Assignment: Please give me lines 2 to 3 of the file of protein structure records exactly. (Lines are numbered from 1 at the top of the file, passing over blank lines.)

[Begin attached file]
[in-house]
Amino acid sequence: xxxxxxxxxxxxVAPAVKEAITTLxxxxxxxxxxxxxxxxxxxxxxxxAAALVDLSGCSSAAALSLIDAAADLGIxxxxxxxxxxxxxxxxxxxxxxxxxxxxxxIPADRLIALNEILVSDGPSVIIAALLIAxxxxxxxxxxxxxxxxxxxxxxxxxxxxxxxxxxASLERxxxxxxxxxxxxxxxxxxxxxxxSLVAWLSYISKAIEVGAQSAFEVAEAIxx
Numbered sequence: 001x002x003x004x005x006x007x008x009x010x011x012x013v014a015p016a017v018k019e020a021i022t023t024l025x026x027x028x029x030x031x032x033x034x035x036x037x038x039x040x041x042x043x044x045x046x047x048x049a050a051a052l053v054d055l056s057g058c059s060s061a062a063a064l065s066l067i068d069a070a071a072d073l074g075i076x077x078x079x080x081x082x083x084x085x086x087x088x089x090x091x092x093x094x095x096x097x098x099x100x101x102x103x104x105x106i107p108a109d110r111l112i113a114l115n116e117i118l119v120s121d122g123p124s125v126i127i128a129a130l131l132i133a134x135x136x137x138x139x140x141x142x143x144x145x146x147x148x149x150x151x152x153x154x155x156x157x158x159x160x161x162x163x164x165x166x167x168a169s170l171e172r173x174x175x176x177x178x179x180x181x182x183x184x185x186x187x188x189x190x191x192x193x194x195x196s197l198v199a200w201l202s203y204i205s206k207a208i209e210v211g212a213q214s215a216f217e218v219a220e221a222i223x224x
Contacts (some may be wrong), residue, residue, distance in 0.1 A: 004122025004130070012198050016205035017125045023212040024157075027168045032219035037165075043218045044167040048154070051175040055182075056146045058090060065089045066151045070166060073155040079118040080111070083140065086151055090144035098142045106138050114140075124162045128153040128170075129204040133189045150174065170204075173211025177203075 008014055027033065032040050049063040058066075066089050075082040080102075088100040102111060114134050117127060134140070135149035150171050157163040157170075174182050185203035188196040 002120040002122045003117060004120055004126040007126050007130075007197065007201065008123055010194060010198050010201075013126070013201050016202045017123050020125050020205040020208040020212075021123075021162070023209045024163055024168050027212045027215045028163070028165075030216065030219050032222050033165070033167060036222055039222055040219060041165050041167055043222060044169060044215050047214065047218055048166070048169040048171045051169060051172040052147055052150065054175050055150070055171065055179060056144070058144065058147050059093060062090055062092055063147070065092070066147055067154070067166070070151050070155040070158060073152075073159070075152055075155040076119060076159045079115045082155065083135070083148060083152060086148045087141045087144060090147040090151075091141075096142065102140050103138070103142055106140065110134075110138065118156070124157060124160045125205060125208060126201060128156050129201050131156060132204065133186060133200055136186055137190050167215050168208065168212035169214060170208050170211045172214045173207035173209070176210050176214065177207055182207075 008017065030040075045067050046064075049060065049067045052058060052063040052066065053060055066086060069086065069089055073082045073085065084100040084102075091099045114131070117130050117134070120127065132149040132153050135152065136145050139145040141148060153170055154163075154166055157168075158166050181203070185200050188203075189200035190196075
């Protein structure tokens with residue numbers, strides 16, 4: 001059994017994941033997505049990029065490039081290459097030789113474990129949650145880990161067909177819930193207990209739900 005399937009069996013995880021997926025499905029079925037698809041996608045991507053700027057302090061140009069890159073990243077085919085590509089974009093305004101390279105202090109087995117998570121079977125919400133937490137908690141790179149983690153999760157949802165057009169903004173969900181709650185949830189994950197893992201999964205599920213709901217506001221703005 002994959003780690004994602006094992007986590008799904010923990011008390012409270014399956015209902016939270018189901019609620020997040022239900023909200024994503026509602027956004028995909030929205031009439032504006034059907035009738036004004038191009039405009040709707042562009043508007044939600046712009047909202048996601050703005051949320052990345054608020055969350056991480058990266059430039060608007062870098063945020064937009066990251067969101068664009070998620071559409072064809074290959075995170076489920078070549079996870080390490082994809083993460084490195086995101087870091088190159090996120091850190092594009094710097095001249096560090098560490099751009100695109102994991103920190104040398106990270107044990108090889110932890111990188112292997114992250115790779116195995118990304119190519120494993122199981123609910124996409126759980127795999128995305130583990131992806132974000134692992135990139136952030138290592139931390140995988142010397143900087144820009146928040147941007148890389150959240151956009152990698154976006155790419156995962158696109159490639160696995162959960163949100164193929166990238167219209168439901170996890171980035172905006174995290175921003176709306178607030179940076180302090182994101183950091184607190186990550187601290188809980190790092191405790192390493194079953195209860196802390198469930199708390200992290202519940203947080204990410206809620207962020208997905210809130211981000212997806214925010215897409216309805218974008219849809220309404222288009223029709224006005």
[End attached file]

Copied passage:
Amino acid sequence: xxxxxxxxxxxxVAPAVKEAITTLxxxxxxxxxxxxxxxxxxxxxxxxAAALVDLSGCSSAAALSLIDAAADLGIxxxxxxxxxxxxxxxxxxxxxxxxxxxxxxIPADRLIALNEILVSDGPSVIIAALLIAxxxxxxxxxxxxxxxxxxxxxxxxxxxxxxxxxxASLERxxxxxxxxxxxxxxxxxxxxxxxSLVAWLSYISKAIEVGAQSAFEVAEAIxx
Numbered sequence: 001x002x003x004x005x006x007x008x009x010x011x012x013v014a015p016a017v018k019e020a021i022t023t024l025x026x027x028x029x030x031x032x033x034x035x036x037x038x039x040x041x042x043x044x045x046x047x048x049a050a051a052l053v054d055l056s057g058c059s060s061a062a063a064l065s066l067i068d069a070a071a072d073l074g075i076x077x078x079x080x081x082x083x084x085x086x087x088x089x090x091x092x093x094x095x096x097x098x099x100x101x102x103x104x105x106i107p108a109d110r111l112i113a114l115n116e117i118l119v120s121d122g123p124s125v126i127i128a129a130l131l132i133a134x135x136x137x138x139x140x141x142x143x144x145x146x147x148x149x150x151x152x153x154x155x156x157x158x159x160x161x162x163x164x165x166x167x168a169s170l171e172r173x174x175x176x177x178x179x180x181x182x183x184x185x186x187x188x189x190x191x192x193x194x195x196s197l198v199a200w201l202s203y204i205s206k207a208i209e210v211g212a213q214s215a216f217e218v219a220e221a222i223x224x